It's almost narcissistic.
"Yeah. It's like Morrissey's developed an image and likes to see the results of it every day.
But who takes it now?
"I've not seen any pictures of him for years. I'd like to do another session really, but I think he isn't doing anything. He's not even got a record contract at the moment.
"The festival of the tenth summer was Tony Wilson's Factory records event and it was his dream to get all the Manchester bands on one bill. It was the tenth anniversary of the Sex Pistols playing the Free Trade Hall, which was the moment punk began in Manchester. It was ten years to the day. Obviously being Factory it was a loss making exercise and a big arts event. We did things like, I had ten postcards, there were ten bands on the concert, ten photographs at the corner house, ten of everything. It was nicely conceived but it was ill conceived because everyone lost money on it. No one saw any money. Everyone bought my postcards and I never got a penny for them. The only person who became rich out of it was Tony Wilson. I think The Fall were on and I'm sure the John The Postman was on. New Order played. We had Echo And The Bunnymen for some obscure reason. It was what people in Manchester might consider to be art wank and I'm not sure it worked. But the band that Tony Wilson could never sign, The Smiths, were on as well.
He passed over them?
"He didn't pass over them, they'd never sign to Factory. They didn't want to be seen as yet another Manchester band who had a contract on the back of a cigarette packet. They wanted to be a real band. They wanted to earn money. Promoting them. They played the Hacienda once.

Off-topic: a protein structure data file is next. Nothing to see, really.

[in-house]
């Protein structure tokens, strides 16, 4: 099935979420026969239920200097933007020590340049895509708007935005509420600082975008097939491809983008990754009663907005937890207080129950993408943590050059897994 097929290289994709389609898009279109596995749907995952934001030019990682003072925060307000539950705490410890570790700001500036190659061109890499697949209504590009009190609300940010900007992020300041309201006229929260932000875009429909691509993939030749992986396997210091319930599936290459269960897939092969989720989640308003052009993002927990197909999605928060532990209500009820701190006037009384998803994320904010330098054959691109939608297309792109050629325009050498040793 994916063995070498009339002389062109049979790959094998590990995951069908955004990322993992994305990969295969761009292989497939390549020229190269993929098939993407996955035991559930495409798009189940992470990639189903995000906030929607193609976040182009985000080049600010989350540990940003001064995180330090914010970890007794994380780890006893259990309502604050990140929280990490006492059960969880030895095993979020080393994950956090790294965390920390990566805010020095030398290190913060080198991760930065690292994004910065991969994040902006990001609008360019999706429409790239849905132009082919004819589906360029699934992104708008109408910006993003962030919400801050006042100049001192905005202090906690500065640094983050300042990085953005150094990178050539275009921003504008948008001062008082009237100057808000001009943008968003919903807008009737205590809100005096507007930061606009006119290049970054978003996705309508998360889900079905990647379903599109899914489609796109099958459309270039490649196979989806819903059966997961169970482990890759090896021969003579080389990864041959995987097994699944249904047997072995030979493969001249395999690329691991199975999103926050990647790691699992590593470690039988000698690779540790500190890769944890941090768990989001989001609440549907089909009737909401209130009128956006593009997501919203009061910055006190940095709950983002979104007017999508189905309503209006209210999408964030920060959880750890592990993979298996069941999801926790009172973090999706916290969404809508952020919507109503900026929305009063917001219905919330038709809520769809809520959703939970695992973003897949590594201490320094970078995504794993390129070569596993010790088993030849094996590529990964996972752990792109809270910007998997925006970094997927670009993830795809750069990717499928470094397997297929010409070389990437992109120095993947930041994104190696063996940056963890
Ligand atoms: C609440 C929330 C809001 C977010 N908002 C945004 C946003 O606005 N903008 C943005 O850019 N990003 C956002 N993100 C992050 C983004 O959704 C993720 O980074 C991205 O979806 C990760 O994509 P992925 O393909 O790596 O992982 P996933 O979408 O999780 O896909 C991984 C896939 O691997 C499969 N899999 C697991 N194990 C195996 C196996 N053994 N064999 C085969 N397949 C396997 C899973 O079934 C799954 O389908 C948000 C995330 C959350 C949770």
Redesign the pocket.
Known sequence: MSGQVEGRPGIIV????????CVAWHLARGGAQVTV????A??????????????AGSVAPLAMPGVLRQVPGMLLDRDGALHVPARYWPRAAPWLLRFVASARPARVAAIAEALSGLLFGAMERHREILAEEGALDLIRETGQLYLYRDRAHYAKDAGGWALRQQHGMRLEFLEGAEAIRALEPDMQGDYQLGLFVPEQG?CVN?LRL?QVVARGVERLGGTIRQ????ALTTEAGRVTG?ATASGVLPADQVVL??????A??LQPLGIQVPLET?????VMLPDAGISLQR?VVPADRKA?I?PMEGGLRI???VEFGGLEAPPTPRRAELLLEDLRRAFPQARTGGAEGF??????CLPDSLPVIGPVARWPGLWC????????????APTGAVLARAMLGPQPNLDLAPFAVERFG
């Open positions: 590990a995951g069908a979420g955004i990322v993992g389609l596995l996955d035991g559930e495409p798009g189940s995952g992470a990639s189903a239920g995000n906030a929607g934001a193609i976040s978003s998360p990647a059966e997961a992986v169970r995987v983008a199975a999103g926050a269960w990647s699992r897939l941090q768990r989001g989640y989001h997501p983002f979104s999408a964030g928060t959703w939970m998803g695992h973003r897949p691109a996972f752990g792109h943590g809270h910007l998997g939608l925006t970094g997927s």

"He is a writing a set list. That was in Japan, when he was working out the running order. That's the set list from the night before and he's doing a different one. He liked doing a different set for his own benefit and also for the bootleggers and the fans that slavishly go to every show. If you're going to go to every show, it's tedious.
Do you have pictures that haven't been seen?
"Offcuts. I wouldn't print pictures where he looked terrible because I want him to look a certain way. In the same way that when I photographed Joy Division, I wouldn't release pictures at the time of Ian Curtis laughing because didn't suit the image. There are Ian Curtis laughing pictures around.
Any of Moz laughing?
"I don't know. I might look for one. Does Morrissey laugh? Maybe not on camera. I don't think so. Morrissey chuckling to himself in a corner. I don't think I've got that one.
Does he laugh?
"I don't think I've ever told Morrissey a joke. I only talk about football and it's not his thing, even though he pretends it is.